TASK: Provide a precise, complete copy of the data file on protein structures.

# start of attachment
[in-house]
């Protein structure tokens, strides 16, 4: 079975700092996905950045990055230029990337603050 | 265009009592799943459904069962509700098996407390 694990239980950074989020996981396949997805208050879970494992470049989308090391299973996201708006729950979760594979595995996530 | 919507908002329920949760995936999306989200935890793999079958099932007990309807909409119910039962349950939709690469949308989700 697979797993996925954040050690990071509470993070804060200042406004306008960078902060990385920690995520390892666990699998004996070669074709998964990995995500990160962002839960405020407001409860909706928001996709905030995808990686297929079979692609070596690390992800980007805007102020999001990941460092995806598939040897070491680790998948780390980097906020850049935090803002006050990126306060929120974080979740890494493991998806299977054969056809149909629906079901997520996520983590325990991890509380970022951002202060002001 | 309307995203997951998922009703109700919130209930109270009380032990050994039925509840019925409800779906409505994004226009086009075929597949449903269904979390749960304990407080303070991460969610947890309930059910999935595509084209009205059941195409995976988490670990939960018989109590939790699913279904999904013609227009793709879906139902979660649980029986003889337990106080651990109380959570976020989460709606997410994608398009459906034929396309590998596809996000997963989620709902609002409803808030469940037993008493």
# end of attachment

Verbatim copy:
[in-house]
């Protein structure tokens, strides 16, 4: 079975700092996905950045990055230029990337603050 | 265009009592799943459904069962509700098996407390 694990239980950074989020996981396949997805208050879970494992470049989308090391299973996201708006729950979760594979595995996530 | 919507908002329920949760995936999306989200935890793999079958099932007990309807909409119910039962349950939709690469949308989700 697979797993996925954040050690990071509470993070804060200042406004306008960078902060990385920690995520390892666990699998004996070669074709998964990995995500990160962002839960405020407001409860909706928001996709905030995808990686297929079979692609070596690390992800980007805007102020999001990941460092995806598939040897070491680790998948780390980097906020850049935090803002006050990126306060929120974080979740890494493991998806299977054969056809149909629906079901997520996520983590325990991890509380970022951002202060002001 | 309307995203997951998922009703109700919130209930109270009380032990050994039925509840019925409800779906409505994004226009086009075929597949449903269904979390749960304990407080303070991460969610947890309930059910999935595509084209009205059941195409995976988490670990939960018989109590939790699913279904999904013609227009793709879906139902979660649980029986003889337990106080651990109380959570976020989460709606997410994608398009459906034929396309590998596809996000997963989620709902609002409803808030469940037993008493």